Whatever is happening in the ‘Land of the Pure’ is enough to generate the feeling that we are living in a place much like the one that Alice went to, through the ‘Rabbit Hole’. It was days ago that first the Senate and then the Lower House, passed legislation allowing a disqualified Prime Minister to become the Head of his Political Party. In what can best be described as ‘grim mockery’, another bill seeking to strike down its predecessor has now been passed by the same Upper House. The move is being viewed as a red herring or in the opinion of some, a face saver for the Combined Opposition, which knows without a shadow of doubt that the Lower House is dominated by the Ruling Party and the bill will never get through. The only point of academic interest in what is going on, is whether the rebellion within PML N ranks in support of Mr. Shahbaz Sharif, will wean away some votes, when the bill is put to the ballot.
In another significant development of the week, the Election Commission passed a verdict in the Gulalai Case reference seeking her removal from the legislature. The decision, did not come as a surprise since the impartiality of this national institution is already being questioned by many quarters. The lady and her sponsors, need not rejoice prematurely since much water has yet to flow under the bridge, before they can even smell success (if there is one).
There can now be no two opinions that the Sharif Family defense team is successfully engaged in delaying the NAB Court proceedings as much as they can. The ongoing legal shenanigans remind one of the time, when we used to justify are late arrival in school with excuses such as a bicycle puncture. Sometimes these excuses assumed creative proportions depending on the mental agility of the student concerned. The PML N appears to have an effective think tank to this end. It would be wrong on my part to have any reservations on Begum Kulsoom Nawaz’s illness since I know that she is indeed very unwell (and everyone sincerely wishes her a complete and speedy recovery), but it is the perfect timing of her move to the UK for treatment that may be of interest to historians.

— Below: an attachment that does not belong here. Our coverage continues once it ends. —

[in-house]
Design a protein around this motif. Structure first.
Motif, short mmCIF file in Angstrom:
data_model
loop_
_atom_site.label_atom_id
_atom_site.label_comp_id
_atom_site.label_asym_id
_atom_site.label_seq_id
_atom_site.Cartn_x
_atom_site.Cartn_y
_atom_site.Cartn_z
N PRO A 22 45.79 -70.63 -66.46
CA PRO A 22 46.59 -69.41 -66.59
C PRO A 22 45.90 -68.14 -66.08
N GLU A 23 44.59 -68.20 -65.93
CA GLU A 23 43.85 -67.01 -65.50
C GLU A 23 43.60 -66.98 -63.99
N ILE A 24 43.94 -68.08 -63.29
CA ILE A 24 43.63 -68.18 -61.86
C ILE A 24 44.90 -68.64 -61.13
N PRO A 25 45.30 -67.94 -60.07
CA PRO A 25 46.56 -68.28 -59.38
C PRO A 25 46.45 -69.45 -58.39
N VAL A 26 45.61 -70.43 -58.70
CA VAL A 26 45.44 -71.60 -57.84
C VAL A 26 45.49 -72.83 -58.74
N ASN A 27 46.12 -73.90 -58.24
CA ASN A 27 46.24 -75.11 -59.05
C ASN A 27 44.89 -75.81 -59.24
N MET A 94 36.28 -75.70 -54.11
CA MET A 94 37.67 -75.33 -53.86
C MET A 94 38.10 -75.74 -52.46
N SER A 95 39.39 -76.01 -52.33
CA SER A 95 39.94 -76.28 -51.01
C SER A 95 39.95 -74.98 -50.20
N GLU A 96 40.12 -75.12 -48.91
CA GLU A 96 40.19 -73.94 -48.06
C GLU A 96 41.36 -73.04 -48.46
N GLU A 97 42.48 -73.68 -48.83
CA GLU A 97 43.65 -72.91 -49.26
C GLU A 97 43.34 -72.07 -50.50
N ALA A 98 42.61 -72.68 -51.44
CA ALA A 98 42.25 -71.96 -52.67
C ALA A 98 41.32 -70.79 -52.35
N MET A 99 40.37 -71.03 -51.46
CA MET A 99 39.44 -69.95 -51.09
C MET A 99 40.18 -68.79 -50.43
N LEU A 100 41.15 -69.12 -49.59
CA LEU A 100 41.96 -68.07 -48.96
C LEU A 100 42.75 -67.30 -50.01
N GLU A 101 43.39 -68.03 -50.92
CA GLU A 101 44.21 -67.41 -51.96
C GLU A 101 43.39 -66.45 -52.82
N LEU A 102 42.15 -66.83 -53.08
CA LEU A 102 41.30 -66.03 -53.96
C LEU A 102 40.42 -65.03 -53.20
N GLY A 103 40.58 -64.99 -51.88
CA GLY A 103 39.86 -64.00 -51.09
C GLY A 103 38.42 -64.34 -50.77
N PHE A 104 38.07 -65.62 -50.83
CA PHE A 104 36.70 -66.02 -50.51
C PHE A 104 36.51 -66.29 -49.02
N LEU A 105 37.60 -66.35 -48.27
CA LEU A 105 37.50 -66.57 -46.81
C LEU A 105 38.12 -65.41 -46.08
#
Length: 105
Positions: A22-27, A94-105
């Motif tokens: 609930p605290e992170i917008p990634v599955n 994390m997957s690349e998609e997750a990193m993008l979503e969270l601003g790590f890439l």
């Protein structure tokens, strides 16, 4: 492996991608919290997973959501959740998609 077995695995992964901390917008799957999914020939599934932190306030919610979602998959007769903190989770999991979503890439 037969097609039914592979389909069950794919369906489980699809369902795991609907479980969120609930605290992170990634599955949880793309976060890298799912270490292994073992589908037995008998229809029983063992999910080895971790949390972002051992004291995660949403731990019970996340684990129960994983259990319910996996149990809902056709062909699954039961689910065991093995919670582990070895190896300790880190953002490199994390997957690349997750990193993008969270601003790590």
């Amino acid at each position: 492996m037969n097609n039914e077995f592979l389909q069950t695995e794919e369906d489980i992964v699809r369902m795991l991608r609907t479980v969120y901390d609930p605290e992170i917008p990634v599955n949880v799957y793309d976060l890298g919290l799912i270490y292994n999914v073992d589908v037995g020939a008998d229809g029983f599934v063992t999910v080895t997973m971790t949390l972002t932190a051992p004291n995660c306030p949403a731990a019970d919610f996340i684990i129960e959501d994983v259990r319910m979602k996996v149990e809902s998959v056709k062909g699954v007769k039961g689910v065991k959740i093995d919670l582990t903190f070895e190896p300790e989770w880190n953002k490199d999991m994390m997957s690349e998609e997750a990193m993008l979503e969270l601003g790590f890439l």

With over four decades of experience in dealing with people and how they react to situations, I have come to the conclusion that when faced with undesirable public or media criticism, it is often best to remain silent and eight out of ten times, the ‘talk’ will die its own death. However, when a party responds to what is going around, then there is a fifty percent possibility that these stories have an element of truth in them. Vociferous denials and statements by Ms. Maryam Safdar to the effect that there is no rift between her father and his younger sibling are much akin to case studies in my career, where ‘most denials turned out to be the product of a guilty conscience’.
The US Secretary of State Mr. Tillerson has come and gone, leaving behind a message of do more or else … While public statements by our Foreign Minister were ‘cocky’ (no surprise, since they were meant for public consumption), the nation would like to know what was exchanged behind closed doors. As far as the average Pakistani is concerned, we have had enough of the US ‘Do More’. It is time we tell the Americans that what we have done against terrorism stands unparalleled in world history. We have reached a stage where US dictates and the litany of ‘do more’ does not impress or influence us anymore, nor does the notion that our survival depends on US generosity. We must convey in clear terms that our emphasis is on developing strong security and economic ties with those within easy reach – like China and Russia.
There can be no better conclusion to this week’s piece than a long ago conversation between myself and a Russian (then Soviet Union) diplomat during dinner. This gentleman ambled up to me and said something in Russian. I gave him a blank look with the words that I did not speak the language. The enormity of his counter response, became starkly evident, when viewed in the current geopolitical environment - “America so far yet you speak such good English, Russia so near, but you do not know Russian”.
The writer is a freelance columnist.